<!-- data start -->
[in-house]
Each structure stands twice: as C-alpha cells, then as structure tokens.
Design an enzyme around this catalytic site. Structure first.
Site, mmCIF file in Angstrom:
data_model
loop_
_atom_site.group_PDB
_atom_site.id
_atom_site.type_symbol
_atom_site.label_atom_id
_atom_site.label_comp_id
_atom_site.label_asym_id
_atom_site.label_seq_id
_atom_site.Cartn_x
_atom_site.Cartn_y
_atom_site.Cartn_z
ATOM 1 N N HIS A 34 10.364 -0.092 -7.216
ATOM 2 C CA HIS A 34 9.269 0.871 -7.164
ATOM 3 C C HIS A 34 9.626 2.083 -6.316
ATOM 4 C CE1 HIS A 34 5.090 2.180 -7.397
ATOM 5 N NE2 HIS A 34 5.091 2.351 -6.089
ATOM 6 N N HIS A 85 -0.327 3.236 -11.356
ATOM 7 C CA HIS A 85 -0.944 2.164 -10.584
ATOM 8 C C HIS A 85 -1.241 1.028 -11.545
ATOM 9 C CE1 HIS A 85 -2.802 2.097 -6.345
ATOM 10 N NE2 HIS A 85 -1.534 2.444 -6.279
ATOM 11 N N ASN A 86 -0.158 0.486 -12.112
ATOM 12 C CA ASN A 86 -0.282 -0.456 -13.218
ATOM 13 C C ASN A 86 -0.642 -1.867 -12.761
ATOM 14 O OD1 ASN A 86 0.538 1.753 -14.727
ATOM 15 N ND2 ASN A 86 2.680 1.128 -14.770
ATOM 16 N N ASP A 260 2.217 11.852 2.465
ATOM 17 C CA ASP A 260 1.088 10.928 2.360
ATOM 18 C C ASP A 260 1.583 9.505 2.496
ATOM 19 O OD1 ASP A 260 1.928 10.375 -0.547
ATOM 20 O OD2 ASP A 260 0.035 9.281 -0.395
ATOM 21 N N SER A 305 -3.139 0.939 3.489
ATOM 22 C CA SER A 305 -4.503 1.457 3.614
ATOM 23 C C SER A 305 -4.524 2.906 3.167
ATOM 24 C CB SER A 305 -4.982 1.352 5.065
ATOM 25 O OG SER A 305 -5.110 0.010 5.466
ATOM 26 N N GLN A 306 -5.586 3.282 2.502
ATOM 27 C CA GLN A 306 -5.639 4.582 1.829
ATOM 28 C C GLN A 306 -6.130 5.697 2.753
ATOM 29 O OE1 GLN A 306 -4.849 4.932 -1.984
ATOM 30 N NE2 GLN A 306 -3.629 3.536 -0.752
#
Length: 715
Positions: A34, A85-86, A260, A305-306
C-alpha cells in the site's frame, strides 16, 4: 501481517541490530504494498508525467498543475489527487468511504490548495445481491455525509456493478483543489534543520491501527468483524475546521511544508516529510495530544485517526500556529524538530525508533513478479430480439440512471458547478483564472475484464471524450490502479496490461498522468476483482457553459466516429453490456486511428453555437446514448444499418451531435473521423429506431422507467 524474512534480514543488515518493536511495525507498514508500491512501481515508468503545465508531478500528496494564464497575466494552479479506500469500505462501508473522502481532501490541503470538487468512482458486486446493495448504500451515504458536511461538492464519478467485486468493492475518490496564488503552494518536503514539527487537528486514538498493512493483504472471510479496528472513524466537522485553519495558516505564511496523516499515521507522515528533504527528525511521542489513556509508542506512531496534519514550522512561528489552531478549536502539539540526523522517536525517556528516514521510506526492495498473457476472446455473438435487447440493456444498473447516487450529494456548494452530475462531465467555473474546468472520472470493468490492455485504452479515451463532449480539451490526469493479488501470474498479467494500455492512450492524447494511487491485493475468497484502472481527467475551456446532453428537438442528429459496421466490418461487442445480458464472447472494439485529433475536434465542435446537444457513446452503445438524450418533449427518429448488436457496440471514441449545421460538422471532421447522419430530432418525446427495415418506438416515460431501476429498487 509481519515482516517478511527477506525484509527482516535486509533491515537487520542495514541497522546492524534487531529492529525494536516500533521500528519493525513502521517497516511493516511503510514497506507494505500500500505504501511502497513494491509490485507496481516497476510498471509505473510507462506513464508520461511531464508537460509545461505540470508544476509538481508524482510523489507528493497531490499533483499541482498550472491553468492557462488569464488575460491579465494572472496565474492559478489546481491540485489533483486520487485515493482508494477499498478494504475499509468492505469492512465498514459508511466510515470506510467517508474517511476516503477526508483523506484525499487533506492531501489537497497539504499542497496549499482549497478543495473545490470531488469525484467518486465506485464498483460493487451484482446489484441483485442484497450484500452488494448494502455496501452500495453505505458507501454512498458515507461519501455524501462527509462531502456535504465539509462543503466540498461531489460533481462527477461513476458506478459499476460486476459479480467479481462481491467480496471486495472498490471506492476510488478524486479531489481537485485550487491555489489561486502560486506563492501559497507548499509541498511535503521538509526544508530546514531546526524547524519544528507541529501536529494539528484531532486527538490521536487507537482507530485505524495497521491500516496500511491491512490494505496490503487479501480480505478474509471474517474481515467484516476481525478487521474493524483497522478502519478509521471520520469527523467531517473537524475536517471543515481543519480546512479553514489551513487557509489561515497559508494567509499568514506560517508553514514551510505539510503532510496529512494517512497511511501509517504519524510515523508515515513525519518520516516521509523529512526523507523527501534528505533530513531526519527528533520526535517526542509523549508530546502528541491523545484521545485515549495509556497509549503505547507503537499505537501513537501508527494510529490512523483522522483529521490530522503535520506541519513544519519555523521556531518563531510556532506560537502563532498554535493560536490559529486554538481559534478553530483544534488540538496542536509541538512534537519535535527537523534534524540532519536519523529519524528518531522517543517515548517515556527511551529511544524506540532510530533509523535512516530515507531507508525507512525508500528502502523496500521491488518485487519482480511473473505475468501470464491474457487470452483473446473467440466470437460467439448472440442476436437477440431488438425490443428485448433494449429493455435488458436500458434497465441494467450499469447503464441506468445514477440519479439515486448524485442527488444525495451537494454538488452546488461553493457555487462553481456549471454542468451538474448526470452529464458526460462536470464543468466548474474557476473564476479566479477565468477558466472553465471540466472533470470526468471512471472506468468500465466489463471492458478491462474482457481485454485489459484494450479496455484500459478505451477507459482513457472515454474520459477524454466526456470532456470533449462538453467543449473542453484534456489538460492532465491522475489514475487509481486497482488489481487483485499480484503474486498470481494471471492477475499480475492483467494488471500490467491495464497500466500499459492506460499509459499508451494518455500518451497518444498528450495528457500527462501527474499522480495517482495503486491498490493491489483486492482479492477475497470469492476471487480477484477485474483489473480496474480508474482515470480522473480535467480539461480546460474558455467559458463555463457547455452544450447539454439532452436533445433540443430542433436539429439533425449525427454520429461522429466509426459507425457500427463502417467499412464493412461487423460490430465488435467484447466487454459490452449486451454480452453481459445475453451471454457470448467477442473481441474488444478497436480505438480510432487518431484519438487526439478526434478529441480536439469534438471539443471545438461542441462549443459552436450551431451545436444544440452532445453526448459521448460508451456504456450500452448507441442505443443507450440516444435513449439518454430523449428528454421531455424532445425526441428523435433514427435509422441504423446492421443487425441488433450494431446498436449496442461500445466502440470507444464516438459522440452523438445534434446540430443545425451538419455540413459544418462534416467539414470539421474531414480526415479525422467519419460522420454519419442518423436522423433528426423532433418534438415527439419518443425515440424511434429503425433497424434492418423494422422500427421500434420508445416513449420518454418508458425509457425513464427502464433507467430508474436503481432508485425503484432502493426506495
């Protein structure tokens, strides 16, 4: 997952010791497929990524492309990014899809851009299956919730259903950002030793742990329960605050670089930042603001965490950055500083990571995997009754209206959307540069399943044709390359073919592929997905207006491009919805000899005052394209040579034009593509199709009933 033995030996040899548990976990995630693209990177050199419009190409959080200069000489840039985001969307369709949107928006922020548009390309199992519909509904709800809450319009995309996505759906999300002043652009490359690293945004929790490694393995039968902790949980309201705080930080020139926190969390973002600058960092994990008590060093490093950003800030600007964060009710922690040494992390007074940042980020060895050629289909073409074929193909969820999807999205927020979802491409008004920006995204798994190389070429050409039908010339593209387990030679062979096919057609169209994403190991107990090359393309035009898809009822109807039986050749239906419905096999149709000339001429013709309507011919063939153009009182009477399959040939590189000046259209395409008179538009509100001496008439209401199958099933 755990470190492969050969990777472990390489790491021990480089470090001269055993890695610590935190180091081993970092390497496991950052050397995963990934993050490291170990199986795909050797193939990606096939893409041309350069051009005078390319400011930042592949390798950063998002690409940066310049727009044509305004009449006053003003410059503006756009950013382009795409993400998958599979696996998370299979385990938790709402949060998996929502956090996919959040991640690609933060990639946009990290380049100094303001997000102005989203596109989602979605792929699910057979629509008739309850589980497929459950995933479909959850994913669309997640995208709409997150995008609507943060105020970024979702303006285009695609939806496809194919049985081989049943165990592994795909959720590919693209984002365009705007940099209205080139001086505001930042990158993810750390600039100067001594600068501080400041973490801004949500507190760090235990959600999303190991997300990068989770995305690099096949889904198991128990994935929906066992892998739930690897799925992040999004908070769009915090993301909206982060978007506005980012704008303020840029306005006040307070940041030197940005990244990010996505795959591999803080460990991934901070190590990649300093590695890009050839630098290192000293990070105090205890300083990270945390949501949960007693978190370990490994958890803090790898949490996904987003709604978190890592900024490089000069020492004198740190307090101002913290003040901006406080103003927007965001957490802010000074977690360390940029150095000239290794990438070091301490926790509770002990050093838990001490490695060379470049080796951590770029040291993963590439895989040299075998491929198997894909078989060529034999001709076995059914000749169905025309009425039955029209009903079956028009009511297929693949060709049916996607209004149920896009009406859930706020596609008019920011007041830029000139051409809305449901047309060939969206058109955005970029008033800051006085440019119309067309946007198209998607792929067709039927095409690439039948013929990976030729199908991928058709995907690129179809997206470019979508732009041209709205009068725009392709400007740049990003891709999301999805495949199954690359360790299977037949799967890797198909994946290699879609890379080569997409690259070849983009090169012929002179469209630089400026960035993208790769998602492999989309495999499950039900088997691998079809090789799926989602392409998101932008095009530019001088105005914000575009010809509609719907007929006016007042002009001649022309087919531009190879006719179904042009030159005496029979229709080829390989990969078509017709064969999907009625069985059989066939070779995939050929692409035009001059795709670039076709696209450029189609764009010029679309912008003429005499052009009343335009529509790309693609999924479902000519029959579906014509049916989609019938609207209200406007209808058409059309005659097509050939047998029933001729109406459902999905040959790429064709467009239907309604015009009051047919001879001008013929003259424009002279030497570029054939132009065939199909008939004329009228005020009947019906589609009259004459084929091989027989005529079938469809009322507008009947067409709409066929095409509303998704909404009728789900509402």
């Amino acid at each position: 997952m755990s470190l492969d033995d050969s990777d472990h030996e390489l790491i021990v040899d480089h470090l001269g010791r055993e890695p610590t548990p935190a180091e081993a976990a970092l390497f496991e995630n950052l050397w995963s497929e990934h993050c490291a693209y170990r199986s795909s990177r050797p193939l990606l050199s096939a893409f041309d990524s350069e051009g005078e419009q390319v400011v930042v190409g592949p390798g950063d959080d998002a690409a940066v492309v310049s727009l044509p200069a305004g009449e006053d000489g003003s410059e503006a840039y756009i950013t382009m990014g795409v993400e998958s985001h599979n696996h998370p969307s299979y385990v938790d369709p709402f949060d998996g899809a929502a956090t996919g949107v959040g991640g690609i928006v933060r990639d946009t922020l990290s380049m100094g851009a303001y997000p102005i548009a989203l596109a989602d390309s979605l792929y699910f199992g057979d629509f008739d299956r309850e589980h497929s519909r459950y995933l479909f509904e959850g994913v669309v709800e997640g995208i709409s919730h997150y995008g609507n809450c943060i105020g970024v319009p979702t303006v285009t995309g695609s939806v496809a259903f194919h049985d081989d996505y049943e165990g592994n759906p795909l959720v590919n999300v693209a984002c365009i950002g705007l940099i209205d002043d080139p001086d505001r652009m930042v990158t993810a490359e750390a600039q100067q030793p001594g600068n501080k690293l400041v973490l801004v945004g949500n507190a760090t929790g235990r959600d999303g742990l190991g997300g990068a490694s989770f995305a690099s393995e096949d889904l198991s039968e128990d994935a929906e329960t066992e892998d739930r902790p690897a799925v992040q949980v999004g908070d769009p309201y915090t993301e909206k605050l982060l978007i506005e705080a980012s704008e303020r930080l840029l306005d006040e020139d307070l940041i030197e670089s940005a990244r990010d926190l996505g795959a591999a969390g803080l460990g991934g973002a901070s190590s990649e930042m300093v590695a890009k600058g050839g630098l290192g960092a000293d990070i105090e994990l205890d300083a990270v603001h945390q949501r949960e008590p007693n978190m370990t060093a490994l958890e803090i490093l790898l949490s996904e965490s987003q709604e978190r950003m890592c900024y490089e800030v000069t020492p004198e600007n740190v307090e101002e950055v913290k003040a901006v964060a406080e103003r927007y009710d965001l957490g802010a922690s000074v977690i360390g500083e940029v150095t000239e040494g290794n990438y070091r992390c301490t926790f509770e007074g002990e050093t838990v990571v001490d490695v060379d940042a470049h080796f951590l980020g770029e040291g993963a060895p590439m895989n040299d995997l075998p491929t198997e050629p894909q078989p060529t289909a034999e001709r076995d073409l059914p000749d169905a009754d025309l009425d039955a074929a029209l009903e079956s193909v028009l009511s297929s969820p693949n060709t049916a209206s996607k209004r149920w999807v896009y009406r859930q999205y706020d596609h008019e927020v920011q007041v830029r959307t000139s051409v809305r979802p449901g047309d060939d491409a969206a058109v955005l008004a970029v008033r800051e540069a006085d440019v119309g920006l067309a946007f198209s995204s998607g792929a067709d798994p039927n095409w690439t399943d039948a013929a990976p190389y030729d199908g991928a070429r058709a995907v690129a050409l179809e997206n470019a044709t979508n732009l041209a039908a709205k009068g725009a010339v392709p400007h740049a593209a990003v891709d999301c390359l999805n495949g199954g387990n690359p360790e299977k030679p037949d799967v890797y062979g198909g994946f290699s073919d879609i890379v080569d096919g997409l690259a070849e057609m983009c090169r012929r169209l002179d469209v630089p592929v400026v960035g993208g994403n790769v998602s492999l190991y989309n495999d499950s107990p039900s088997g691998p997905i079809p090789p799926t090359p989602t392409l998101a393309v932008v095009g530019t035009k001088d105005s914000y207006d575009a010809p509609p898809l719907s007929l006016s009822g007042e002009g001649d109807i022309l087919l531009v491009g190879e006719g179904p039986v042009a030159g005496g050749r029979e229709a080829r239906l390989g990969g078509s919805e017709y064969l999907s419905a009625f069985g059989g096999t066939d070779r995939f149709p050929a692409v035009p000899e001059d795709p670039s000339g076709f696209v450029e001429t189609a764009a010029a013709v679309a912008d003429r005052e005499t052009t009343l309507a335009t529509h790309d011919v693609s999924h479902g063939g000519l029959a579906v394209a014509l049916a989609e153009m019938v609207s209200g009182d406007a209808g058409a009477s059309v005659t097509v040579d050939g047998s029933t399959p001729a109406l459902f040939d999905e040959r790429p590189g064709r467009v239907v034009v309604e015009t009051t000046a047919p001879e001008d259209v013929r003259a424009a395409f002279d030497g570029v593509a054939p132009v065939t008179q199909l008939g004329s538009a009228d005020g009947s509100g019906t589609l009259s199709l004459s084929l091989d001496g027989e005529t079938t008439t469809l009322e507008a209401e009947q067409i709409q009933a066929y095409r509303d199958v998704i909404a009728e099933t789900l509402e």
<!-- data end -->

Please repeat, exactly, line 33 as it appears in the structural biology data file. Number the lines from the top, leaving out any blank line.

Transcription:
ATOM 17 C CA ASP A 260 1.088 10.928 2.360